the photoshooter's journey from taking to making


Everything Must Go EF


LIKE ALL PHOTOGRAPHERS, I am more or less the sum-total of the various artists who have influenced me over a lifetime. This doesn’t mean that I intentionally emulate anyone in particular (at least not consciously), but occasionally, I will notice that this or that shot suggests an approach that resembles one that’s traceable to one Grand Master or other. For example, after seeing and shooting the above storefront, it occurred to me that the classic street shooter Walker Evans might have chosen such a subject: a mad mix of cultural objects, signage and cluttered detail. On sharing this idea with a friend, I was informed that “Evans, of course, would never shoot it in color”. The remark reminded me that, while Evans’ work was, indeed, primarily in black and white, there is no reason that he’d specifically shoot it that way today, right here, right now.

In glorifying particular artists who worked primarily in one mode, we can easily make the mistake in assuming that certain quotes we cite from them on the subject were the way they always felt, every day, every second of their life, and, of course, that is absurd. In the case of Walker Evans, it may be a historical fact that the bulk of his work from the 30’s through the ’70’s, much of it simply documentary in nature, is in mono. However, it’s not demonstrably true that, besides a few stray comments, he universally disdained color or wouldn’t use it. In point of fact, toward the end of his life, he fell in love with the color work he was doing with a Polaroid SX-70 instant camera, and went out of his way to revise any earlier remarks he might have made about the medium being less authentic or “photographic” monochrome:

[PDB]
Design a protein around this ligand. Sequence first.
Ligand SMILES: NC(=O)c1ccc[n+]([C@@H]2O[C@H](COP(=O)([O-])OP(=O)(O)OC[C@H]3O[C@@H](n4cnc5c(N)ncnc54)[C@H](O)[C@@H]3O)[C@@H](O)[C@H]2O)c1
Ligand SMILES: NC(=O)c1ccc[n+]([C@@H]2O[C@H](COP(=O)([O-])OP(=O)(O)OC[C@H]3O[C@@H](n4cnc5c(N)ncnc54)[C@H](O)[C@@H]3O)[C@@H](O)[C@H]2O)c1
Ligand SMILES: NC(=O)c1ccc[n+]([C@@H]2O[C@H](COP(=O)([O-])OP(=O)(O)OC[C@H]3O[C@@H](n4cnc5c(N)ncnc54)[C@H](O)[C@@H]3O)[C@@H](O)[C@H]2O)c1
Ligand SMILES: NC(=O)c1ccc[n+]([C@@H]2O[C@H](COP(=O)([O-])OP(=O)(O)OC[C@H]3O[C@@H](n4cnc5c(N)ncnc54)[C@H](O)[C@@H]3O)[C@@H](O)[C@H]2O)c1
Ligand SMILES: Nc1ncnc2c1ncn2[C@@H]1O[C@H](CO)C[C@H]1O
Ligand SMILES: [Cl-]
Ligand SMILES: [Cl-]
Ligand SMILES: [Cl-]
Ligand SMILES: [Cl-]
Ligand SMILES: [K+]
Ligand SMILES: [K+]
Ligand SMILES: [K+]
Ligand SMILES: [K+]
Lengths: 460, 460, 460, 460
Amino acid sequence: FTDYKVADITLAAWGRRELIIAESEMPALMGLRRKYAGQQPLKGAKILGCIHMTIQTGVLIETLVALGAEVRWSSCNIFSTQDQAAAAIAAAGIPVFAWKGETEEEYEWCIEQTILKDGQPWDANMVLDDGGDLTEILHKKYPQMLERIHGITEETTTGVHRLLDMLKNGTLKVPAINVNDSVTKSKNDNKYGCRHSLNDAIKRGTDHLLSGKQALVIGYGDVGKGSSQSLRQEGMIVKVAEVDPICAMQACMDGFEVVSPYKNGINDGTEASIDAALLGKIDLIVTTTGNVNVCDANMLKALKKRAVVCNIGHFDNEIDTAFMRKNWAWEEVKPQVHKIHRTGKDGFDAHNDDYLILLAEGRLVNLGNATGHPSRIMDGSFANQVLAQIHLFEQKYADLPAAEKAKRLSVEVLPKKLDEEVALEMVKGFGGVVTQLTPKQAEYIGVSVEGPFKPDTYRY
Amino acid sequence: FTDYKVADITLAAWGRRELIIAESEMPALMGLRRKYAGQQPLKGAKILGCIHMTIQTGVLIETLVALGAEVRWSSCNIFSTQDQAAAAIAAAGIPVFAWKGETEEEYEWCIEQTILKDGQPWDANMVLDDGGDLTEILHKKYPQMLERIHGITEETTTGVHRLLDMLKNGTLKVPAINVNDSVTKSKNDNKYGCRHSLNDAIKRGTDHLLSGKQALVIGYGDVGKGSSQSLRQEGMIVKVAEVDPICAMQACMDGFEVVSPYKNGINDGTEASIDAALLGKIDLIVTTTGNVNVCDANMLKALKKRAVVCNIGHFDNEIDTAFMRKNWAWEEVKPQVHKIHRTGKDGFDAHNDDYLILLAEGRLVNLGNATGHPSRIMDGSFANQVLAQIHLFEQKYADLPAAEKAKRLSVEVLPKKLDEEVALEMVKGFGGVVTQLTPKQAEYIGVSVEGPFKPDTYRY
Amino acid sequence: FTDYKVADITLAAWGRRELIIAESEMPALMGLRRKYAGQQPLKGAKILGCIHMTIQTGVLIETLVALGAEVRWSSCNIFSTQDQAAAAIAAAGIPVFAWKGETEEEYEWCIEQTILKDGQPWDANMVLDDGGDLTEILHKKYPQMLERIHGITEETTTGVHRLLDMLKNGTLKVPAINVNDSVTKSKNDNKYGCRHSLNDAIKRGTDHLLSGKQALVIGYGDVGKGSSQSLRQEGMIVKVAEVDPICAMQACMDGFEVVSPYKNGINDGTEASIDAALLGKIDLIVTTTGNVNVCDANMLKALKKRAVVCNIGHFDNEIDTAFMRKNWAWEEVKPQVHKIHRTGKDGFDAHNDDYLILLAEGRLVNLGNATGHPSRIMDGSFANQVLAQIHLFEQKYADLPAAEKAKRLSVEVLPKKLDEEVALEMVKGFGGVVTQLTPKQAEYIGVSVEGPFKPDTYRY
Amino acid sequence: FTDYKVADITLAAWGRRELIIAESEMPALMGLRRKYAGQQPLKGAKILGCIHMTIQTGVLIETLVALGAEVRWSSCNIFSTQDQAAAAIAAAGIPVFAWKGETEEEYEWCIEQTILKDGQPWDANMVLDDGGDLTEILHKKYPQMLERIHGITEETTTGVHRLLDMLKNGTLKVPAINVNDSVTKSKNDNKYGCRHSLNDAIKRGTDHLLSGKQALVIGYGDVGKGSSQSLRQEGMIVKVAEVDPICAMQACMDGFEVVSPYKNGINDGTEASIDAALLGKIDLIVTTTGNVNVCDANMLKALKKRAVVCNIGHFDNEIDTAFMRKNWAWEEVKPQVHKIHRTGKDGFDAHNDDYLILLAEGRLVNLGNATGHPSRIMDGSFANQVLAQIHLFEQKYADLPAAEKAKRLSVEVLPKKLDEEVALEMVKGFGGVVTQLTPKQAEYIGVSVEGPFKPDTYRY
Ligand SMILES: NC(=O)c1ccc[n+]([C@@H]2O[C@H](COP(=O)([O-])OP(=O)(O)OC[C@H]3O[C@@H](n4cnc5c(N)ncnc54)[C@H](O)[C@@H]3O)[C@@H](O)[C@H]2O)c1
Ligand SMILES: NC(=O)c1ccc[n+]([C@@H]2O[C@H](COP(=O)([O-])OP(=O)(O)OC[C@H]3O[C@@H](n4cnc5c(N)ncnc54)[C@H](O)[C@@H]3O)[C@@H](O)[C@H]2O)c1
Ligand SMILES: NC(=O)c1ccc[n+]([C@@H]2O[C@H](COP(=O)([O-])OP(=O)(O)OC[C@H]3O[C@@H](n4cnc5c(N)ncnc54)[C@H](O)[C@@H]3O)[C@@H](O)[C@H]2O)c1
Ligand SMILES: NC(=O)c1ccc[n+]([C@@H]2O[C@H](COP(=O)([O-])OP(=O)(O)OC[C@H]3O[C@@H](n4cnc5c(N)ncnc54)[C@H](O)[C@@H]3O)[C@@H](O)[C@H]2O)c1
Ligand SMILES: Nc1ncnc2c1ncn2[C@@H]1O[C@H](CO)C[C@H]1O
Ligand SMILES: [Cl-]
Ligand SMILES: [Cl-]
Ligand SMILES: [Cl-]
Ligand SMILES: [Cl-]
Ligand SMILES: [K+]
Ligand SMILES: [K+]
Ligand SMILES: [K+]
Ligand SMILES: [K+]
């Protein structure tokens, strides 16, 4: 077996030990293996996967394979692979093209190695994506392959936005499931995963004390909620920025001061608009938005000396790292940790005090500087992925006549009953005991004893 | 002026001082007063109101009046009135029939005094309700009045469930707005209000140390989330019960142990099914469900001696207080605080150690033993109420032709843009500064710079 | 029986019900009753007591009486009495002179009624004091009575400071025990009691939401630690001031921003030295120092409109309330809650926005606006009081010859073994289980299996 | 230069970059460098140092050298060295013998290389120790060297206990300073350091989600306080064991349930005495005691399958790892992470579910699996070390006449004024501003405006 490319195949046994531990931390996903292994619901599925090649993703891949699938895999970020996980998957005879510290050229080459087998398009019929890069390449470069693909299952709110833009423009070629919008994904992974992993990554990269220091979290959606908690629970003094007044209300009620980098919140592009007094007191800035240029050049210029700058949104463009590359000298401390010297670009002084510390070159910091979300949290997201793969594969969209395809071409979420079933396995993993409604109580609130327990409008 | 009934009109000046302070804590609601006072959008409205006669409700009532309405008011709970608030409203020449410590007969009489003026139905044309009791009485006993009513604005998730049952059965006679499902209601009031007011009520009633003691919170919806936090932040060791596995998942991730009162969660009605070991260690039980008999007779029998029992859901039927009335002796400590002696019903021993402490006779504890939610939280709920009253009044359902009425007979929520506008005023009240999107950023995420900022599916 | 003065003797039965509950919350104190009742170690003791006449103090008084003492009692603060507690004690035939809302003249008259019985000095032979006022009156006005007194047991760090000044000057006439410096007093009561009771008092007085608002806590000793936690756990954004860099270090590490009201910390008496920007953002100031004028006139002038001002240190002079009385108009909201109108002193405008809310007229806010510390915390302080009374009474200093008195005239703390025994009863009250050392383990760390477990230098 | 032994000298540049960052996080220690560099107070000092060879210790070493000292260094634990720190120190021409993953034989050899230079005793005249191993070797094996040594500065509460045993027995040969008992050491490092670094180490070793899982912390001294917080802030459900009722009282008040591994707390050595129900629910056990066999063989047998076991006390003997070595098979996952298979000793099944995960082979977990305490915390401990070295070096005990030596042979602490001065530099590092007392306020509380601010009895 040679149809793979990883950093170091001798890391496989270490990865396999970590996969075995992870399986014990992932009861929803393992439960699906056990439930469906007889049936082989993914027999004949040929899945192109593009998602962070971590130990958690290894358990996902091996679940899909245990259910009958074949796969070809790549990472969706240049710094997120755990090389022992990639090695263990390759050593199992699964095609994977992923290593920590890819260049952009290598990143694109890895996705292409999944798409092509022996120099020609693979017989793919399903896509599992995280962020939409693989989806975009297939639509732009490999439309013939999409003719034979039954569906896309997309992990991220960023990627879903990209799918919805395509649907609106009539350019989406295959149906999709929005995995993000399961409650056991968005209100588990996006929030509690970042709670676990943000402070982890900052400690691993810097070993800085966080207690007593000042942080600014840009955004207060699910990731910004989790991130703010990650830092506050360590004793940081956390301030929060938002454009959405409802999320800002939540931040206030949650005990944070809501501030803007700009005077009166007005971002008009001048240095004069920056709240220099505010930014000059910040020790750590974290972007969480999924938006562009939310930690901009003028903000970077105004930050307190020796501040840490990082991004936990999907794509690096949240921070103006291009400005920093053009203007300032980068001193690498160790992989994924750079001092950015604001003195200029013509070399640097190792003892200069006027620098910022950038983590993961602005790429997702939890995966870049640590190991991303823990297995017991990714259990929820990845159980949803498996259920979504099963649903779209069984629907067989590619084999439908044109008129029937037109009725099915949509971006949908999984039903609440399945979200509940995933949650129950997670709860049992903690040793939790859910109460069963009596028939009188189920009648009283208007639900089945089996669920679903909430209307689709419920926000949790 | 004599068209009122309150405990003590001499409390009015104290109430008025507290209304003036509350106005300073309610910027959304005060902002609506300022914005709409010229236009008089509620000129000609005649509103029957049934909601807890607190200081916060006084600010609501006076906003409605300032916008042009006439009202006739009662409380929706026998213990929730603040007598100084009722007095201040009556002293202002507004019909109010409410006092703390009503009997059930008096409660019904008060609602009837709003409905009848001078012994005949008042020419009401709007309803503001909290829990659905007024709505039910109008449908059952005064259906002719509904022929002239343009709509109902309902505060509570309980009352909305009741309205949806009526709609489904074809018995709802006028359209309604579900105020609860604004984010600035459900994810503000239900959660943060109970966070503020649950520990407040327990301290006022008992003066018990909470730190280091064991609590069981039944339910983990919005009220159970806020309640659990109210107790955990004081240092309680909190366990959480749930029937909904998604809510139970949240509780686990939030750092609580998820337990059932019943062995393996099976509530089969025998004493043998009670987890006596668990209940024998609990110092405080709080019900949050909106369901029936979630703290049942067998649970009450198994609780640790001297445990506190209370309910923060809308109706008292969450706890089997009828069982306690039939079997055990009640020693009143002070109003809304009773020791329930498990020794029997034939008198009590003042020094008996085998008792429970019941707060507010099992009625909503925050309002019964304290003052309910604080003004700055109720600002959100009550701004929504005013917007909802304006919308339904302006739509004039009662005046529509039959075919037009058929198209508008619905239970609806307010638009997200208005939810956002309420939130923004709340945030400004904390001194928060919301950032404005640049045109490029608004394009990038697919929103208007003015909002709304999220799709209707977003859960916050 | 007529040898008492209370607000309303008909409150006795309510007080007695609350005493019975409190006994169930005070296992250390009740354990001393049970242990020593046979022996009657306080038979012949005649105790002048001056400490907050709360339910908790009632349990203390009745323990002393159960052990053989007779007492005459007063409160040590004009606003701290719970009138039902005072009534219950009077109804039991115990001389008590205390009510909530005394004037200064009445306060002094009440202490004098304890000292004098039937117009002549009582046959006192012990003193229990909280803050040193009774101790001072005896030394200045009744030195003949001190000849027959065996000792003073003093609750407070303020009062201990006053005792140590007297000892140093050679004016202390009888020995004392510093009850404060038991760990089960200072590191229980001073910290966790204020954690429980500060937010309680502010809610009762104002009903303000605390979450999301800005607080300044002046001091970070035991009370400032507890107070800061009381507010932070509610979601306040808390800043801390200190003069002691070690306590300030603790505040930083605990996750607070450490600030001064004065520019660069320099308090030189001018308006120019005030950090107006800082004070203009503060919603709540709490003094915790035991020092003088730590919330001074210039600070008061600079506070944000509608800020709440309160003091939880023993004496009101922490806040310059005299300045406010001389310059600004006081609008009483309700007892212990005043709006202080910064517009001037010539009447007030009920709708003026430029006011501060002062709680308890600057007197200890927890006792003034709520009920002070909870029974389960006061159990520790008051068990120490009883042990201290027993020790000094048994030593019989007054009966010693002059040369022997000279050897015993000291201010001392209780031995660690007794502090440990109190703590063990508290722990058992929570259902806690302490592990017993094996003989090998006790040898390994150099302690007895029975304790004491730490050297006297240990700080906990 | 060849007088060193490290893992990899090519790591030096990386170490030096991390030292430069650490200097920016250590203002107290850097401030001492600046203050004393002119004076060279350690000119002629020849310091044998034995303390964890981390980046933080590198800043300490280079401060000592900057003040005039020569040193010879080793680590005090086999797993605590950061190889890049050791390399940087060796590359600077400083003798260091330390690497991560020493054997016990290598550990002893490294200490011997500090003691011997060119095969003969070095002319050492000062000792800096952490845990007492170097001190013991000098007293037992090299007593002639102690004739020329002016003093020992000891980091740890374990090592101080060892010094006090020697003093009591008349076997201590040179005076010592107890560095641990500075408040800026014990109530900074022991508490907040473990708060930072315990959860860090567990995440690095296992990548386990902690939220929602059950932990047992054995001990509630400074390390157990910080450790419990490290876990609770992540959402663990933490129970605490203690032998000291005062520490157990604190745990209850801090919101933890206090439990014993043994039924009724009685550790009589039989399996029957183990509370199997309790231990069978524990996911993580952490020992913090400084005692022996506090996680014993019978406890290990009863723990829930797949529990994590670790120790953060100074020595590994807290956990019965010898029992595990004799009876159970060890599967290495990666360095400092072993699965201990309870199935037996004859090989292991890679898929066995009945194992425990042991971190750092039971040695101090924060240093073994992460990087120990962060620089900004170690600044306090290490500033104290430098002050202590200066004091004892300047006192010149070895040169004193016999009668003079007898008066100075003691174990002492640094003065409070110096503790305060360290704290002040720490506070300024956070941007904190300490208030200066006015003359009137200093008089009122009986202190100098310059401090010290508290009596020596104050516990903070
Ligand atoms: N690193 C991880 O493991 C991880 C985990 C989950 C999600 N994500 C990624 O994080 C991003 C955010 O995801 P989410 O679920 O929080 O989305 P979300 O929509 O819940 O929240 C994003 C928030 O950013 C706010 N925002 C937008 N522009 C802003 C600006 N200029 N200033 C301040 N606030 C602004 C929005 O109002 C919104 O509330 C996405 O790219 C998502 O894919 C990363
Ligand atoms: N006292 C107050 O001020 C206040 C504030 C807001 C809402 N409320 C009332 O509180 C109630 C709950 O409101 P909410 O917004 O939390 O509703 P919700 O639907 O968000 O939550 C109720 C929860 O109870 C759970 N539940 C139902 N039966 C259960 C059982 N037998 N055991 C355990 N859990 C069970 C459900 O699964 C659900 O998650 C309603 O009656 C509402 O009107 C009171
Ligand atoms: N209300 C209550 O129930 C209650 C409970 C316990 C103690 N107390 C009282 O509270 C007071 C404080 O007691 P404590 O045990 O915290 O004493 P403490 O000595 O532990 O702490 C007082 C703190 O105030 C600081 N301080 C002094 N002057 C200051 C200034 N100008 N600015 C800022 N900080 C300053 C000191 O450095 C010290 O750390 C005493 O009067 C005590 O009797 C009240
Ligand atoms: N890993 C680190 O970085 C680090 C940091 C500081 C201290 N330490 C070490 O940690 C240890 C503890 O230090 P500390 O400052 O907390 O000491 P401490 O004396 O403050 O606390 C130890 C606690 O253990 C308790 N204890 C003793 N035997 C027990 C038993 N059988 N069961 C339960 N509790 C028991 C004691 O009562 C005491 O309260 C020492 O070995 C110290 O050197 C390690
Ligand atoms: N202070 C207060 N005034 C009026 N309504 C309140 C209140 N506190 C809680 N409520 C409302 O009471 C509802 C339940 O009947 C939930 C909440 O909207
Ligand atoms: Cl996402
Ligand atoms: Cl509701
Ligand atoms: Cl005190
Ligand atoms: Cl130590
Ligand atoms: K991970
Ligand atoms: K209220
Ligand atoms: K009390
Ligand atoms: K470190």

I don’t think that the doors (that are) open to falsehood through color are any greater than they are than through the manipulation of black and white. You can distort that, too. I’m not a ‘black-and-white’ man: I think grey is truer.

Everything Must Go EF 2

Evans was indisputably one of the most eloquent chroniclers of the the visceral impacts of social upheaval and challenge in the 20th-century, and he properly deserves his place in the pantheon of photographic pioneers. However, knowing more, and better, about all of his beliefs, of the full range of his work, is the best way of doing him honor. Ultimately, either in mono or in color, I think Walker would have liked this particular storefront window, as he had loved so many over his long career, simply because it was speaking in the same language as his camera, and his unerring eye.


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